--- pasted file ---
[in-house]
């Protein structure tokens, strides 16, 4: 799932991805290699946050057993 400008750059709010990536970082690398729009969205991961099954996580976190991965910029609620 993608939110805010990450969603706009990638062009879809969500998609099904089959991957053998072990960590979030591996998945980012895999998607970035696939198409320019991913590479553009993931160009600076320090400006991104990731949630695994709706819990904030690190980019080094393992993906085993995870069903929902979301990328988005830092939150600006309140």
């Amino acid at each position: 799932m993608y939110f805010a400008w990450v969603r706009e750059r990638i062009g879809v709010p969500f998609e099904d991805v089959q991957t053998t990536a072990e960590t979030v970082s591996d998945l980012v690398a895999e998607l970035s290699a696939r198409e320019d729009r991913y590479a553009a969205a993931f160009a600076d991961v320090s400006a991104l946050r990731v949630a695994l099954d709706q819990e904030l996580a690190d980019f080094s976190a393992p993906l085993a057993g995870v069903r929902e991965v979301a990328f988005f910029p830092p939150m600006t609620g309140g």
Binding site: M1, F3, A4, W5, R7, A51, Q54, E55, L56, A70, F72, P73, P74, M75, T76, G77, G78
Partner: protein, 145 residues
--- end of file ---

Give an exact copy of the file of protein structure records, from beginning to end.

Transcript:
[in-house]
């Protein structure tokens, strides 16, 4: 799932991805290699946050057993 400008750059709010990536970082690398729009969205991961099954996580976190991965910029609620 993608939110805010990450969603706009990638062009879809969500998609099904089959991957053998072990960590979030591996998945980012895999998607970035696939198409320019991913590479553009993931160009600076320090400006991104990731949630695994709706819990904030690190980019080094393992993906085993995870069903929902979301990328988005830092939150600006309140």
């Amino acid at each position: 799932m993608y939110f805010a400008w990450v969603r706009e750059r990638i062009g879809v709010p969500f998609e099904d991805v089959q991957t053998t990536a072990e960590t979030v970082s591996d998945l980012v690398a895999e998607l970035s290699a696939r198409e320019d729009r991913y590479a553009a969205a993931f160009a600076d991961v320090s400006a991104l946050r990731v949630a695994l099954d709706q819990e904030l996580a690190d980019f080094s976190a393992p993906l085993a057993g995870v069903r929902e991965v979301a990328f988005f910029p830092p939150m600006t609620g309140g």
Binding site: M1, F3, A4, W5, R7, A51, Q54, E55, L56, A70, F72, P73, P74, M75, T76, G77, G78
Partner: protein, 145 residues